Something on your mind? Want to give us feedback on something in particular or everything in general? Tell us how we are doing!
#42044 by aviateur
Fri Jan 15, 2010 1:03 pm
In those days where company can't hold their word, it would be nice to have a feature to instantly record phone conversation so that they are automatically sent to an email attachment when completed
I would like to be able to do this from the telo directly or by pressing a key (*1 or something else) on a telo handset or regular handset.

Can you please implement this? Since the voicemail feature already record a phone call I would assume it would not be to complicated to implement, just need to add a recording function when u press a key on the telo, a telo handset or a non telo handset.
#42061 by murphy
Fri Jan 15, 2010 1:58 pm
It's against the law to record a phone conversation unless both parties agree to the recording.
#42076 by aviateur
Fri Jan 15, 2010 2:49 pm
murphy wrote:It's against the law to record a phone conversation unless both parties agree to the recording.


You are the king of the one liner, but do you check your facts:
Can we tape? http://www.rcfp.org/taping/

In most states, If the other person agrees it is legal, so this feature makes sense, so what is your point?
In addition some states have one-party consent

Extract from the link above:
Thirty-eight states and the District of Columbia permit individuals to record conversations to which they are a party without informing the other parties that they are doing so. These laws are referred to as “one-party consent” statutes, and as long as you are a party to the conversation, it is legal for you to record it. (Nevada also has a one-party consent statute, but the state Supreme Court has interpreted it as an all-party rule.)
#42503 by kelkin
Mon Jan 18, 2010 9:57 pm
murphy wrote:It's against the law to record a phone conversation unless both parties agree to the recording.

Not true, federal law states that you can record a call without the consent of the other caller providing you are party to the call, however it allows your state to enact more restrictions. New York for example does not, so in NY I can record any call I am party to without notifying the other party. I can't however record the calls of other people in my home, even though it's my line, since I am not party to the call. The exception to this of course is if I somehow notify both parties that their call is being recorded. I know this based on my research as I used to build call centers where call recording is an important tool used in training. You need to check the laws of your state.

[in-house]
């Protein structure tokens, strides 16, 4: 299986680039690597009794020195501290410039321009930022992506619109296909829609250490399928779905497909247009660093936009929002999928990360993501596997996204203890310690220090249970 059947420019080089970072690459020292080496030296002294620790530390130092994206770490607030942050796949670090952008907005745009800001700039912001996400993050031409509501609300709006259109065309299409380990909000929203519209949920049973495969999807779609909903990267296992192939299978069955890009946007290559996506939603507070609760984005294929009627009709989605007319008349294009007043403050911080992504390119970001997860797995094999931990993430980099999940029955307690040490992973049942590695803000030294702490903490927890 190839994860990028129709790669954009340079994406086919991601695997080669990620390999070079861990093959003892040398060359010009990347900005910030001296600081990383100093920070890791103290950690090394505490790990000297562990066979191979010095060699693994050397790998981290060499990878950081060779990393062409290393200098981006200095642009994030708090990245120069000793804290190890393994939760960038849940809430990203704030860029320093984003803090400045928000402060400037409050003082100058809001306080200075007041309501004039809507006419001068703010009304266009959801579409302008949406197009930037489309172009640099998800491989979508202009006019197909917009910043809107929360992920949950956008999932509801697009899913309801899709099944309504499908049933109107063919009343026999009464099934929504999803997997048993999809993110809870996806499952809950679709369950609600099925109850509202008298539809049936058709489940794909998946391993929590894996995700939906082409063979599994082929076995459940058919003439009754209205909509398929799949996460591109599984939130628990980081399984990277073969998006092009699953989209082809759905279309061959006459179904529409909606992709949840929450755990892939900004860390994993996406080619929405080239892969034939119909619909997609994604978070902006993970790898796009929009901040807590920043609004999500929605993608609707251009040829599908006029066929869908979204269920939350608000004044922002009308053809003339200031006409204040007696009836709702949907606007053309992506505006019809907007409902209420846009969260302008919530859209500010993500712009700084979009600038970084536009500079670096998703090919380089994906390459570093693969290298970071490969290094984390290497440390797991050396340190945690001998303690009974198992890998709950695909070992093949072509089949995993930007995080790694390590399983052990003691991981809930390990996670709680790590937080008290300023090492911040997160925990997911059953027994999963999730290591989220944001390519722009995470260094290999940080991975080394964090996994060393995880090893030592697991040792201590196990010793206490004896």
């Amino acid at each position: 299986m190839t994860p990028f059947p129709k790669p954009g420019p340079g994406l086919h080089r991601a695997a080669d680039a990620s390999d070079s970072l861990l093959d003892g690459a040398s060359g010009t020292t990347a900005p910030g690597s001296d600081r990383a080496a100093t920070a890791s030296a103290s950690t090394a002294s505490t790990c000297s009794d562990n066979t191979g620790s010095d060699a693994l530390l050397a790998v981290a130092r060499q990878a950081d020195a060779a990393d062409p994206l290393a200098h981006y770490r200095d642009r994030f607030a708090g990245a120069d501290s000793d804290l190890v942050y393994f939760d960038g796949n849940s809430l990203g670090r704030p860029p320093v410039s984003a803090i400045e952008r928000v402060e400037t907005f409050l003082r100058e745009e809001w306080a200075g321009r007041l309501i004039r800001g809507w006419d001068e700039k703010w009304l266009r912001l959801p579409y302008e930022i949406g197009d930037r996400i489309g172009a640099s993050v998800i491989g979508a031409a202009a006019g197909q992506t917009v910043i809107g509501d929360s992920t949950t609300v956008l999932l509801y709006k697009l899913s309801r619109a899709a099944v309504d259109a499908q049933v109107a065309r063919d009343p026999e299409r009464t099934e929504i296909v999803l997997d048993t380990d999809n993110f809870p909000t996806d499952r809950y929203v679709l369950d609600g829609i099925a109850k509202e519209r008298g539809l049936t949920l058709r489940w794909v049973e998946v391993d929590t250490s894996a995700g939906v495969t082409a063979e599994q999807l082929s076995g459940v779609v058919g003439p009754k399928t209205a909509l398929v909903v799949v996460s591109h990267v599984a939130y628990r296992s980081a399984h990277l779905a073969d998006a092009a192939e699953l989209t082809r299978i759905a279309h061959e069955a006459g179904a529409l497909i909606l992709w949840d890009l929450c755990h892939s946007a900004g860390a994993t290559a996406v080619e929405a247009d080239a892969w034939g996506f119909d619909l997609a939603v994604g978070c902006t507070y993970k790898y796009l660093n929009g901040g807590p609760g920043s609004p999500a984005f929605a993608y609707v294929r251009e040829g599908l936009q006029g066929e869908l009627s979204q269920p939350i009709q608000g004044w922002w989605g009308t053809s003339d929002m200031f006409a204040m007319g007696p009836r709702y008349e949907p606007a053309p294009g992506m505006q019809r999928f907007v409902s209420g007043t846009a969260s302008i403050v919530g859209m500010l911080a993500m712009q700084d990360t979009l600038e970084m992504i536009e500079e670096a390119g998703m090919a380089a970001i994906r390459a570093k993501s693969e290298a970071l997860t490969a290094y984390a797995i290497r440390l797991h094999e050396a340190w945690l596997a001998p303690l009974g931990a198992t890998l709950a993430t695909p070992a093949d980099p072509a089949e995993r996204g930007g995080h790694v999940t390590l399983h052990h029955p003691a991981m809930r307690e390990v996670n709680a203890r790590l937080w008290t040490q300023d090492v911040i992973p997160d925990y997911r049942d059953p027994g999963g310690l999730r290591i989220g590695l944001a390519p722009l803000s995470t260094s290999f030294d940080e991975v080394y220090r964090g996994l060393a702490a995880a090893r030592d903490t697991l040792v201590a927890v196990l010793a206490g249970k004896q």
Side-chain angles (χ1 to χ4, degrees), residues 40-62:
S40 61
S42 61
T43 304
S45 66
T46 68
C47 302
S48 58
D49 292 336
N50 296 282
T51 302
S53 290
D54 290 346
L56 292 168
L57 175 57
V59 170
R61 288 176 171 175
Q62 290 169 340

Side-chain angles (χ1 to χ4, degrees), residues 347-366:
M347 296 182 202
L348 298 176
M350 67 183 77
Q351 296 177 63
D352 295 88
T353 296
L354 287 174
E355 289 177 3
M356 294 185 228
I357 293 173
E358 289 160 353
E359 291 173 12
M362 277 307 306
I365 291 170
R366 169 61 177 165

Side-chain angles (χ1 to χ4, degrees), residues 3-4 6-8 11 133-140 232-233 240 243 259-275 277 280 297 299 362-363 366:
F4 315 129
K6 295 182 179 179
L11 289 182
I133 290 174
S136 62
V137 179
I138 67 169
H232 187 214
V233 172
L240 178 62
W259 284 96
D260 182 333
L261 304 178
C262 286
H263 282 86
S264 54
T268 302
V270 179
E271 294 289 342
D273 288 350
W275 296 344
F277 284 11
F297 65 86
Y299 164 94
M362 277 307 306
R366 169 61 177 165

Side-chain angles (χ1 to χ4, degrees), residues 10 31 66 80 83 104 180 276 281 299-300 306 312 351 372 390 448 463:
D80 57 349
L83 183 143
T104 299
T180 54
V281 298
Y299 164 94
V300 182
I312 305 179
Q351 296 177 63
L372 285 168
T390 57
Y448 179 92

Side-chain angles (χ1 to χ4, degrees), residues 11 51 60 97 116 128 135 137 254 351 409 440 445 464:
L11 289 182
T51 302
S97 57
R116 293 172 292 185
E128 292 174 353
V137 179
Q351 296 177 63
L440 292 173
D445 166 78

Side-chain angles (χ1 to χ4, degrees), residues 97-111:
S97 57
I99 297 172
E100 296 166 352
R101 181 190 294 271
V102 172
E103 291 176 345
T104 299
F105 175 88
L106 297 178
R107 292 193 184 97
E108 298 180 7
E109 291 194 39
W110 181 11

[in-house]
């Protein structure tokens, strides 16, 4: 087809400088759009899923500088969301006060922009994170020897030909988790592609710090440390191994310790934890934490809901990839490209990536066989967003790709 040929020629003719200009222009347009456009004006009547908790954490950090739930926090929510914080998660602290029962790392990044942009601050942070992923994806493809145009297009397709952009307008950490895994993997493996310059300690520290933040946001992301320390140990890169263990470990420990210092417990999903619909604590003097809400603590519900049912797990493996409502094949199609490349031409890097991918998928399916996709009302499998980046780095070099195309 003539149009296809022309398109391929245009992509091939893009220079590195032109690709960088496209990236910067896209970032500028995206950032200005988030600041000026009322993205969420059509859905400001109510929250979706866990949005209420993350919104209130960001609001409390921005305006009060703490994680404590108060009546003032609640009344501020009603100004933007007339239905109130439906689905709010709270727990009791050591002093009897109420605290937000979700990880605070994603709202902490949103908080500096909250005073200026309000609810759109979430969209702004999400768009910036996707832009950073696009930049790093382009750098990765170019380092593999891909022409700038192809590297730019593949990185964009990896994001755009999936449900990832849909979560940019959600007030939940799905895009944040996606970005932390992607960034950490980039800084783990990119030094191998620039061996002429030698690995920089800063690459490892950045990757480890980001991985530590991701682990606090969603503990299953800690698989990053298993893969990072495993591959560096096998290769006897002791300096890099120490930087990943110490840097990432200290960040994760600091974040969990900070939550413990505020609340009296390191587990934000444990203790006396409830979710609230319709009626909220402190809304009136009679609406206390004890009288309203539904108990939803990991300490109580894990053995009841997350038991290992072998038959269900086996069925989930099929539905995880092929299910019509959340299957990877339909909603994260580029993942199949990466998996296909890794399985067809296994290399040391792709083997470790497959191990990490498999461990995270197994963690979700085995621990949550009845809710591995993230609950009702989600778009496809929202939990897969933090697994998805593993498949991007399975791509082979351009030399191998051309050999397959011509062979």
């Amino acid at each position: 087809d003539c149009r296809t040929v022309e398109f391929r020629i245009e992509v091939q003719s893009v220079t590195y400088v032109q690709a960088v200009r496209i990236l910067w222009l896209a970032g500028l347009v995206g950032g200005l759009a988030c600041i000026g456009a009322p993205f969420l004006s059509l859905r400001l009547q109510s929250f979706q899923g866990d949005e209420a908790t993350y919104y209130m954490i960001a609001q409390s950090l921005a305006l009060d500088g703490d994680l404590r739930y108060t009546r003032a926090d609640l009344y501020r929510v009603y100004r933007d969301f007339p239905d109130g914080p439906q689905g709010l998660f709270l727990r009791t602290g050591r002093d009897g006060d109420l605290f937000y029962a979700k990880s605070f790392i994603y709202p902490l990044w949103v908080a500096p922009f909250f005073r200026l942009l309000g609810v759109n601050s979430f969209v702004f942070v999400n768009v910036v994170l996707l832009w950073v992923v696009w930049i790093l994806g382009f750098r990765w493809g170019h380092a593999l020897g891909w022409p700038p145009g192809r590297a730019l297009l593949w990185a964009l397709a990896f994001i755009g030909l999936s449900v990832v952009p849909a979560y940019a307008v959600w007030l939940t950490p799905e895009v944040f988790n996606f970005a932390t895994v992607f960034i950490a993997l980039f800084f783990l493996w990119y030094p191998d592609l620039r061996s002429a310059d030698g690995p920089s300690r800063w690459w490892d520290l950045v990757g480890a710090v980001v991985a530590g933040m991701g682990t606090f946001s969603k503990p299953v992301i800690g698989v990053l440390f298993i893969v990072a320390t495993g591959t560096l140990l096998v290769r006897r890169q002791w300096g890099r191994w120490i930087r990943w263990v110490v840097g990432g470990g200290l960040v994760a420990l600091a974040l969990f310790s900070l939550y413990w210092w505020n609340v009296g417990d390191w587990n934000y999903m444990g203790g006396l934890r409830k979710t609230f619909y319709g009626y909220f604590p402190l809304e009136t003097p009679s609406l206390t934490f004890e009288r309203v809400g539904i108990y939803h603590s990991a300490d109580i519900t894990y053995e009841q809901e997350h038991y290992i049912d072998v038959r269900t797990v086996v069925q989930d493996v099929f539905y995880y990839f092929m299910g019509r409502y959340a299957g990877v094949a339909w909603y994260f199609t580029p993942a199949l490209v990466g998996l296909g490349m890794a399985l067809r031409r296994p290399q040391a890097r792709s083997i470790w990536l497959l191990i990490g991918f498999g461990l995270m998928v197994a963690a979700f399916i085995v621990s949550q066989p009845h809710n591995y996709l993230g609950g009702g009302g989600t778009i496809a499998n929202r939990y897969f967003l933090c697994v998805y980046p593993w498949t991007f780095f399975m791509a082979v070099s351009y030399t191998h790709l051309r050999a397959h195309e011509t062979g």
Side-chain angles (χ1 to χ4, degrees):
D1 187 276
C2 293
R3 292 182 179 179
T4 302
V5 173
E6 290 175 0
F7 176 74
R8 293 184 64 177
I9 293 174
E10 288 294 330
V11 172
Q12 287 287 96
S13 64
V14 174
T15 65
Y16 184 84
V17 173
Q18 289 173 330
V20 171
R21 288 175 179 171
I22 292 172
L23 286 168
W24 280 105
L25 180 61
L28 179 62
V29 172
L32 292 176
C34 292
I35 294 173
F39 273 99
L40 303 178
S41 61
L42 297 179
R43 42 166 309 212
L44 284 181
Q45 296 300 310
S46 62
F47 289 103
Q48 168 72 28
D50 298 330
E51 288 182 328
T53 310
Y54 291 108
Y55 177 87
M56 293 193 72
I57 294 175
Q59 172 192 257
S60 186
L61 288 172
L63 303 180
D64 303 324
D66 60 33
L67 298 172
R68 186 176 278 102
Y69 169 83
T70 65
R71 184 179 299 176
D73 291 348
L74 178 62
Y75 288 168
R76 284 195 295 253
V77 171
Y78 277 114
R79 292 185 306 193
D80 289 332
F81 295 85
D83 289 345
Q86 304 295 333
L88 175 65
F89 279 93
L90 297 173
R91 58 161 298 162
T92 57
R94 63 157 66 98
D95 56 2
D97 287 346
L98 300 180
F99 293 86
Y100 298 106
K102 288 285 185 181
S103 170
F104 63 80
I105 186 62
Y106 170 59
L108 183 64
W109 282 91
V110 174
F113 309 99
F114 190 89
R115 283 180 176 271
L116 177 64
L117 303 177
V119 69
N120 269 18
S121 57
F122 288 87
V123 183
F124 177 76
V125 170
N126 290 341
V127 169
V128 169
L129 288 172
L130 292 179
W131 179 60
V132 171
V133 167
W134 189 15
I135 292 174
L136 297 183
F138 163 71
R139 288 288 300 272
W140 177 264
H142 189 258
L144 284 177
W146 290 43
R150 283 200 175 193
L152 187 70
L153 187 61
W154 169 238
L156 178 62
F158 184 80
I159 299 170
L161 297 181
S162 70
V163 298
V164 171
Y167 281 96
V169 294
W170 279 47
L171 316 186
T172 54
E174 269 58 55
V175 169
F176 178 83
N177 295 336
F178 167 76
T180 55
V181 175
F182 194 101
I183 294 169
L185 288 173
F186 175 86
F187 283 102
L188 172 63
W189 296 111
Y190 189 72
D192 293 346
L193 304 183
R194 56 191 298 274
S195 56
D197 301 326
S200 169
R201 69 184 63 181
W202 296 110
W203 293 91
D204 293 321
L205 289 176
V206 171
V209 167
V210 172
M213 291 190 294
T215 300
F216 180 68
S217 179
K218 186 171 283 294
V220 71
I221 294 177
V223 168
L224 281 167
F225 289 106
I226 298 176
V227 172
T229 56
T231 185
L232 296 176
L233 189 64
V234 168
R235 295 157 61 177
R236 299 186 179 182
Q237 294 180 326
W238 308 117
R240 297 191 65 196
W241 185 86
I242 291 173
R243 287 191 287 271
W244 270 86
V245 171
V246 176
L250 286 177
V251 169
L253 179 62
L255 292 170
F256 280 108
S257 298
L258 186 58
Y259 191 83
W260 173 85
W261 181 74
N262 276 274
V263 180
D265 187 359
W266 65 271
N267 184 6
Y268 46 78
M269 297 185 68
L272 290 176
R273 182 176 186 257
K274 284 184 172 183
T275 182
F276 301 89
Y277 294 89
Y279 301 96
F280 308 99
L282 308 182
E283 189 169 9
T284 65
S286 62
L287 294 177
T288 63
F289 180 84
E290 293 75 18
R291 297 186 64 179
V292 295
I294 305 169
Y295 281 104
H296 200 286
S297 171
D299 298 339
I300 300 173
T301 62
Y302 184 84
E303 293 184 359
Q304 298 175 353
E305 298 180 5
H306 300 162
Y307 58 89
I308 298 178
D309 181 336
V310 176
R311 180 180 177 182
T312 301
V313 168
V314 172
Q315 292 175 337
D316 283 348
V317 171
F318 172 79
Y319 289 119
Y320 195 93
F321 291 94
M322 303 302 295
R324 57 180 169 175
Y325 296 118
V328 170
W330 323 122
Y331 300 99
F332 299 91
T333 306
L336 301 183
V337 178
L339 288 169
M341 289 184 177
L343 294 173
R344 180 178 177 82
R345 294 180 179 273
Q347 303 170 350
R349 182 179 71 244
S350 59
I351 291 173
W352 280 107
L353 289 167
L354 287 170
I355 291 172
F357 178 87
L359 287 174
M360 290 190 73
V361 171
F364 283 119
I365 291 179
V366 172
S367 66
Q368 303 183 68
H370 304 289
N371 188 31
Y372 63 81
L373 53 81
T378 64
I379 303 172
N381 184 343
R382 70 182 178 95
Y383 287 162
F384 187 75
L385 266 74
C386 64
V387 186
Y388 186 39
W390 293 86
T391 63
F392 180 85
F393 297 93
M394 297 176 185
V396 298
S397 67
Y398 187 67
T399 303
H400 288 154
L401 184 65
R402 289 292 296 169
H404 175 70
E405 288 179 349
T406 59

-Keith
#42508 by Davesworld
Tue Jan 19, 2010 12:54 am
In the State Of Washington, both parties must consent. Nobody in their right mind would try to use a recorded conversation against another party if the other party resides in a two party consent state and the tape clearly did not have the other party verbally giving consent either by agreeing to it or continuing once it was disclosed. You would be the one in trouble and anything you gathered would not be useful in litigation against the other party. The tape had better have recorded one person informing the other that this conversation is being recorded if either reside in a two party state.

So go ahead and record away at will, the "I'm gonna do it anyway so there!" attitude could easily come back and haunt you, you've been warned.
#42518 by amoney
Tue Jan 19, 2010 4:49 am
Davesworld wrote:...So go ahead and record away at will, the "I'm gonna do it anyway so there!" attitude could easily come back and haunt you, you've been warned.



I would play it for the court just for the principle of it. I personally dont care for our kangaroo courts and their "loop holes", our justice system is not necessarily justice. Anyways I did not intend to hijack this thread with more politics, so please excuess me. Your point is clearly understood. Our justice system just erks me.

Who is online

Users browsing this forum: No registered users and 8 guests